Why are car companies claiming longer intervals between recommended oil changes? I always assumed 2,000 – 3,000 miles.
We’ve been beaten over the head with the three-month, 3,000-mile oil-change interval for years, but that’s not necessarily the case on newer cars and trucks. Manufacturers cite oil-life monitors and modern oil and engine technology as reasons to extend services up to 7,500 miles on standard oil.
An oil-life monitor looks at mileage, speed and idling time to calculate when you should change the oil. A General Motors representative recommends relying on an oil-life monitor rather than a set mileage (like 3,000 miles) on GM cars equipped with one in order to prevent unnecessary oil changes.
If the monitor senses you’re allowing the engine oil to warm up, and you take it easy until it’s at operating temperature, an interval of 5,000 or 7,500 miles is not uncommon. If you start your car cold and immediately tear onto the highway at 80 mph, however, expect your next service date to arrive sooner and include more than an oil change if you continue to thrash on a cold engine.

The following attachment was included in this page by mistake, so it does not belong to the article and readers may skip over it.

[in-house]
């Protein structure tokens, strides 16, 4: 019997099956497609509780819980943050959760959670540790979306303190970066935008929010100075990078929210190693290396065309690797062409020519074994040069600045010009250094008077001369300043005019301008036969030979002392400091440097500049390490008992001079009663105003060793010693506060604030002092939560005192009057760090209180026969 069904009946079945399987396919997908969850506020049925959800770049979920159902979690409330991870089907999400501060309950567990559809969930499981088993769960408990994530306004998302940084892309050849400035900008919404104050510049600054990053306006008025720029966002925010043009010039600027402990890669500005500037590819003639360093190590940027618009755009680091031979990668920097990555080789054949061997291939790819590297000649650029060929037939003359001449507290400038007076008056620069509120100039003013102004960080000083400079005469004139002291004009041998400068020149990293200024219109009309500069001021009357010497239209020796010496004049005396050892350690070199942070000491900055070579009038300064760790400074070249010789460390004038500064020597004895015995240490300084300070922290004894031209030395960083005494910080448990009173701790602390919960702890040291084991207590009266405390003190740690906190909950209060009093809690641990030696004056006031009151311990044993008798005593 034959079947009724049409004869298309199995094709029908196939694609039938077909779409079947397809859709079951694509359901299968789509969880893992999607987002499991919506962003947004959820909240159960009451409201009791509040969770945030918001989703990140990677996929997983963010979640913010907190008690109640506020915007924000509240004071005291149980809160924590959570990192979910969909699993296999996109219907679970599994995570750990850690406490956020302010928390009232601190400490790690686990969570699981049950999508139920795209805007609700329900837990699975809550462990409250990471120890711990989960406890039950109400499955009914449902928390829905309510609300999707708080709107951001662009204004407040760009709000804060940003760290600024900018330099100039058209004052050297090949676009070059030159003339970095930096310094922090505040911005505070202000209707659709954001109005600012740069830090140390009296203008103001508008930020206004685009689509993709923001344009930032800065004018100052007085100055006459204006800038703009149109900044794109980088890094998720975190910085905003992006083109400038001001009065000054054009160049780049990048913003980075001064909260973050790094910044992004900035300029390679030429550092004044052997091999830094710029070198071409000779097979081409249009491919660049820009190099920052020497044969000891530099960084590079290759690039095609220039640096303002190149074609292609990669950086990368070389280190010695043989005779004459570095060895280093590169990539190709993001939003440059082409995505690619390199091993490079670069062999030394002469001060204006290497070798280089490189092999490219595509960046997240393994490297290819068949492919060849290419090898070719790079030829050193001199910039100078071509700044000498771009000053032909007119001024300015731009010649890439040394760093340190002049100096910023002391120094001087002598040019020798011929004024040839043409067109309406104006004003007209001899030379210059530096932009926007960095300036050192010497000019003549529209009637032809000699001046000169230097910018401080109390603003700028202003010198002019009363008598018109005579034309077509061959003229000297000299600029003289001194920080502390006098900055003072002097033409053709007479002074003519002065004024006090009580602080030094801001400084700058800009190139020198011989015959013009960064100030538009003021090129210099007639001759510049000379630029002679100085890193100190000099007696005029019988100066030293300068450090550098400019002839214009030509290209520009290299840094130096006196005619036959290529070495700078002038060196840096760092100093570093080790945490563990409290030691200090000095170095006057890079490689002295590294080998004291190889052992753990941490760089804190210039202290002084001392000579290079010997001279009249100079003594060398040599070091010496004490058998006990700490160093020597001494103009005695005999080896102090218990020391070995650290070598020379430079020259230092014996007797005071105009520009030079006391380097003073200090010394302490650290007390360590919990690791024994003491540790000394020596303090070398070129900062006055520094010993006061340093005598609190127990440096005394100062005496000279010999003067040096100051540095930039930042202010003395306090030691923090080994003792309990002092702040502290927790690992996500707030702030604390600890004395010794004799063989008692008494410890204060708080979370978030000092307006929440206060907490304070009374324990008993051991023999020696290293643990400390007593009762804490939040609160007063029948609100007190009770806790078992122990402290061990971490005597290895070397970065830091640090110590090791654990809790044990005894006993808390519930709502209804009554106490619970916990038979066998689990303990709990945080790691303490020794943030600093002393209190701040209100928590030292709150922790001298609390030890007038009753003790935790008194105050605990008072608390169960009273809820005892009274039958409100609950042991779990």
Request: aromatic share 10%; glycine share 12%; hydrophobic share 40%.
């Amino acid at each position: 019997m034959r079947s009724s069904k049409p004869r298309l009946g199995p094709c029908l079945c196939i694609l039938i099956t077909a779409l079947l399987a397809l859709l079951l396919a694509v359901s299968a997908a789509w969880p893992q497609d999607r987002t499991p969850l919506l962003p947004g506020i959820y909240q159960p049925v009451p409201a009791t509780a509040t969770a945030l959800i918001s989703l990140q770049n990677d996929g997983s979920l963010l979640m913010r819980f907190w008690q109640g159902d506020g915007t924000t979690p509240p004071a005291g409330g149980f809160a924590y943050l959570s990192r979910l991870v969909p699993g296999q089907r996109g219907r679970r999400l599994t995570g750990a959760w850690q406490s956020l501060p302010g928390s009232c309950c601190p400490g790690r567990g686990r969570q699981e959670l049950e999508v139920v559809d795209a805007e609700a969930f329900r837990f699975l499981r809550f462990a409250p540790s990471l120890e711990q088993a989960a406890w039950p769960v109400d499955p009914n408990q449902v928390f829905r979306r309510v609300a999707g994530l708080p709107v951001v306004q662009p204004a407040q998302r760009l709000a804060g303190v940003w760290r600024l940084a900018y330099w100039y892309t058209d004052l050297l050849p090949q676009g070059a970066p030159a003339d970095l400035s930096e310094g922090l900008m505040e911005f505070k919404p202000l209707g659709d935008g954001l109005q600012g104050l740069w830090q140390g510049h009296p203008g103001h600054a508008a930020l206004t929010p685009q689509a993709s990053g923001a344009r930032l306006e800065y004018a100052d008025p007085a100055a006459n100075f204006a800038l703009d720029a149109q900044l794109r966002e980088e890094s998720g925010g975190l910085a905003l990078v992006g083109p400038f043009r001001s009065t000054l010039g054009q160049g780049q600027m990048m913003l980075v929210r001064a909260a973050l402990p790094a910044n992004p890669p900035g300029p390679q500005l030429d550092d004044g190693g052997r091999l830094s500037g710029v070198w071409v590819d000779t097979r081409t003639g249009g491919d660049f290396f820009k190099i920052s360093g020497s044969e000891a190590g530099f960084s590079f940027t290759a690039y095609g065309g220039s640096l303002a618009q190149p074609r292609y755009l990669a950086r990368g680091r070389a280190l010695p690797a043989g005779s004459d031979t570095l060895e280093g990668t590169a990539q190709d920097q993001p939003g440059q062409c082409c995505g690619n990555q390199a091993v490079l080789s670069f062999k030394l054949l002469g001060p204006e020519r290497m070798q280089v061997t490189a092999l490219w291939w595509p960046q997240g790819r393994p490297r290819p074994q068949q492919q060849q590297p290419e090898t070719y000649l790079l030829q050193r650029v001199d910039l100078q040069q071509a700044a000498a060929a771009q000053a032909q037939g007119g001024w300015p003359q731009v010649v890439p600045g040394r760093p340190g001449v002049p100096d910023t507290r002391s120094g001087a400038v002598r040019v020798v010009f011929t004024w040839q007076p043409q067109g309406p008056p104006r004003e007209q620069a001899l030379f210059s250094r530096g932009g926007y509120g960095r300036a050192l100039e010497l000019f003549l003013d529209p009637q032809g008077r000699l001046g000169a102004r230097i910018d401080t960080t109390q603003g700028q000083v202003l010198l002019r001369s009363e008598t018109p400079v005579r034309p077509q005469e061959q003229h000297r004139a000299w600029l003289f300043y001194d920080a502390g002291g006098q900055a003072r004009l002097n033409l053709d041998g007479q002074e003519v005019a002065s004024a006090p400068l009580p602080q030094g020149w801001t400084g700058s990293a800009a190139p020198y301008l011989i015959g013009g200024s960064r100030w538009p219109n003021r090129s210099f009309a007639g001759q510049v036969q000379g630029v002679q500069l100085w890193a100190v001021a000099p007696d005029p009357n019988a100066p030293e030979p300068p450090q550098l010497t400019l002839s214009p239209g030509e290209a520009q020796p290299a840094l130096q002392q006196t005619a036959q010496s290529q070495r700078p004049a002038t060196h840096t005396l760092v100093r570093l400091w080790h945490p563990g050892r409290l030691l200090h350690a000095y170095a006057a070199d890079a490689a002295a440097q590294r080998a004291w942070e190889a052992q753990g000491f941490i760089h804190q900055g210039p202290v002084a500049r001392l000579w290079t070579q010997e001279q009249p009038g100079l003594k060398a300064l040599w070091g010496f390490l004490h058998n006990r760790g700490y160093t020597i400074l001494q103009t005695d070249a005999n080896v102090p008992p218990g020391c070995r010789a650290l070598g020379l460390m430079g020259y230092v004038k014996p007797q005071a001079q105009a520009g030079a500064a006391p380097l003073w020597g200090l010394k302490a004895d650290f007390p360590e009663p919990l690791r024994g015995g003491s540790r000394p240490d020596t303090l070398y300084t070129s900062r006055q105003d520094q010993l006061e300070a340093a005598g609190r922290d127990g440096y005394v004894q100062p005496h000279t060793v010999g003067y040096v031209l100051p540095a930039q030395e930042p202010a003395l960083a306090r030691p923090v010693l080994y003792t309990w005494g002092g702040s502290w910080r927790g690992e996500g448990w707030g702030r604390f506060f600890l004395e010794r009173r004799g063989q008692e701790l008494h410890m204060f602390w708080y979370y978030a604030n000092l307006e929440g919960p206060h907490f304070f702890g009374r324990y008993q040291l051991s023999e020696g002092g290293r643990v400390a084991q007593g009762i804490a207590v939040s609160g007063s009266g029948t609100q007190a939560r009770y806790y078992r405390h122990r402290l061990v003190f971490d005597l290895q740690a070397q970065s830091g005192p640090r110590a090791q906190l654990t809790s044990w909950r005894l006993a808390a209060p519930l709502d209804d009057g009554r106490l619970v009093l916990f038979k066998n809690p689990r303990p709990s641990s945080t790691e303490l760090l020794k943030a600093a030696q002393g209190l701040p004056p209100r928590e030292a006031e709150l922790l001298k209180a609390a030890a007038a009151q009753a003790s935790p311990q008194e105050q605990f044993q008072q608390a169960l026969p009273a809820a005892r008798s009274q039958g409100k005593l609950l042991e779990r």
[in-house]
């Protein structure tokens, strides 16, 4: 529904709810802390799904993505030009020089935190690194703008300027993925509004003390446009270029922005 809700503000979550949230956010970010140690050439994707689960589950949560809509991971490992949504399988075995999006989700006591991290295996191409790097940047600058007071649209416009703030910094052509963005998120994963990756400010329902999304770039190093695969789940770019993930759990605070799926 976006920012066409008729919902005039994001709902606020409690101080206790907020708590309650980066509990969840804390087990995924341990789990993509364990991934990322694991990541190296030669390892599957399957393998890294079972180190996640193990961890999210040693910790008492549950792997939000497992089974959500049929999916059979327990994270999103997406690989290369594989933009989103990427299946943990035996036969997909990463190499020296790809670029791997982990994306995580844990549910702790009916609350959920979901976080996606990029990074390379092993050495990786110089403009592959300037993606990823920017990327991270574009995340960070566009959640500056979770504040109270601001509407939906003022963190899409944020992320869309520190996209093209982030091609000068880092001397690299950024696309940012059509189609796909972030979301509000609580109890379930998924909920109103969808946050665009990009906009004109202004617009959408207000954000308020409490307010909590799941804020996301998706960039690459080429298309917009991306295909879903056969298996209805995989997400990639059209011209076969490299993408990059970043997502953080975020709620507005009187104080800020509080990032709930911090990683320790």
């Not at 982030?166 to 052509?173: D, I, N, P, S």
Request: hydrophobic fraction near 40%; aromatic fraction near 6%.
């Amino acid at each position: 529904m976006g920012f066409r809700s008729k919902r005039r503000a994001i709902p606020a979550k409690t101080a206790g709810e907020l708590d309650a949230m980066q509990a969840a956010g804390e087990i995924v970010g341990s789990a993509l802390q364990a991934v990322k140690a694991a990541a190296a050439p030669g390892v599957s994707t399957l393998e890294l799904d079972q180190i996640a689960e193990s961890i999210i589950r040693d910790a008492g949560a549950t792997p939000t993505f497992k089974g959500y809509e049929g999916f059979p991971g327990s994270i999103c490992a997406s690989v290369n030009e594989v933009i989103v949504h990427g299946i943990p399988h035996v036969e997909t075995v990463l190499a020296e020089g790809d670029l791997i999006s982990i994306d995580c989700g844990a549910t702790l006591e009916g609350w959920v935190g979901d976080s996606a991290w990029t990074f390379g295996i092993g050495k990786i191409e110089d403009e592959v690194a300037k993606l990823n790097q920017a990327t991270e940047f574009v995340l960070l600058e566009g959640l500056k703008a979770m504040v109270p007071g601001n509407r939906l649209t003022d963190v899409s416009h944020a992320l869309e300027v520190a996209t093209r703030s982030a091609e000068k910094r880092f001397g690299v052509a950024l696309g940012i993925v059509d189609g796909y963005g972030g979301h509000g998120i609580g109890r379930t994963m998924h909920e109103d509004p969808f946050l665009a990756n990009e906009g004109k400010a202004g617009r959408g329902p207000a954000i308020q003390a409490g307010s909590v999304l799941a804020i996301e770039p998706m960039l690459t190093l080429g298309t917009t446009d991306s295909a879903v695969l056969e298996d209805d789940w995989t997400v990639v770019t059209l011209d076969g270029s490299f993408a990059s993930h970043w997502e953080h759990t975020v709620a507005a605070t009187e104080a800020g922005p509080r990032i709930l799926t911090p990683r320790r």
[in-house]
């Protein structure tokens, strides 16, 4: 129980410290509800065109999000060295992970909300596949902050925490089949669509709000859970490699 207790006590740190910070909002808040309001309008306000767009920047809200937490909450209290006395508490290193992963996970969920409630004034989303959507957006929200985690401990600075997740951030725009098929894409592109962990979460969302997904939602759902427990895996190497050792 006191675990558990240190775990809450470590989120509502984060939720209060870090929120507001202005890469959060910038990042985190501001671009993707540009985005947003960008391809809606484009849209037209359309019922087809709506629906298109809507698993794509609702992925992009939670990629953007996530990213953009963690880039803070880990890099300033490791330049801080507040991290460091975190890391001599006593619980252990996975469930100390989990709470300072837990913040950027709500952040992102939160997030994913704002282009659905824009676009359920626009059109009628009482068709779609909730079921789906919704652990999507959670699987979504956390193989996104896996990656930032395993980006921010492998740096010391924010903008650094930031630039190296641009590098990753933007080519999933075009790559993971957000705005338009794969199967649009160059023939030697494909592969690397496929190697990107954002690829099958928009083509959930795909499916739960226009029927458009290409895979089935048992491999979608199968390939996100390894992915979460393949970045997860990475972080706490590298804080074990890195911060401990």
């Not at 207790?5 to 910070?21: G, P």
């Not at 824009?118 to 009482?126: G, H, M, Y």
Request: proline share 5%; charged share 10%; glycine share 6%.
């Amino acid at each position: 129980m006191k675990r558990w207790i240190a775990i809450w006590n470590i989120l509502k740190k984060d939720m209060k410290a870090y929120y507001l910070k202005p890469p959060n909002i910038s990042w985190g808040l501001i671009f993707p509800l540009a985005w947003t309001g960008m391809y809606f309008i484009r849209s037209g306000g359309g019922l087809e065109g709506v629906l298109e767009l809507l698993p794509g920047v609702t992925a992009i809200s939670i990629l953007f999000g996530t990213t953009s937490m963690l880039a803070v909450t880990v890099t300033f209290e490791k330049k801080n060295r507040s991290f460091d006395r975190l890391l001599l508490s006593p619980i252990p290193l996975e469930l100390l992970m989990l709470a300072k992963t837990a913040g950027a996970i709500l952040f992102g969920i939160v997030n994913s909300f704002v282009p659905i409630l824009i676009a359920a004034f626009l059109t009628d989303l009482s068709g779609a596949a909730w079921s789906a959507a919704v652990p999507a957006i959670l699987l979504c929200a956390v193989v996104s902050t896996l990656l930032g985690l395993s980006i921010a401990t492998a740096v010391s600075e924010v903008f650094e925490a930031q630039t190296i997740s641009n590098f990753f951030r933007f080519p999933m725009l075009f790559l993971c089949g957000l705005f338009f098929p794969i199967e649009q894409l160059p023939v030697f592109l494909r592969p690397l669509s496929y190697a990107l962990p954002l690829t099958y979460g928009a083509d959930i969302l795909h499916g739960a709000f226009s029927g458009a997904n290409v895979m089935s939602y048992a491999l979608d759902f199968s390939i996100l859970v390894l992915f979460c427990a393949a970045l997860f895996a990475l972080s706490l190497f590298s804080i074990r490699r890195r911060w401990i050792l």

Some cars have an information display on the center dashboard that will count down oil life from a percentage, while others may have the information display combined with other controls on the dashboard. Navigation-equipped cars usually have oil-change-interval information accessible through the screen’s menu options. It’s going to be different on every car, and occasionally hard — as well as annoying — to reset the “Change Oil Now” light when it starts flickering in your face.
Higher-end cars like BMWs, Porches and Mercedes-Benzes can recommend oil-change intervals from 10,000 to 20,000 miles. Yikes! When you see these extreme intervals, it’s usually because the cars recommend synthetic oil, which in the right conditions doesn’t break down as easily as traditional, dinosaur-based oil. On any car, especially high-end ones, always follow the manufacturer recommendations for maintenance services like oil changes.
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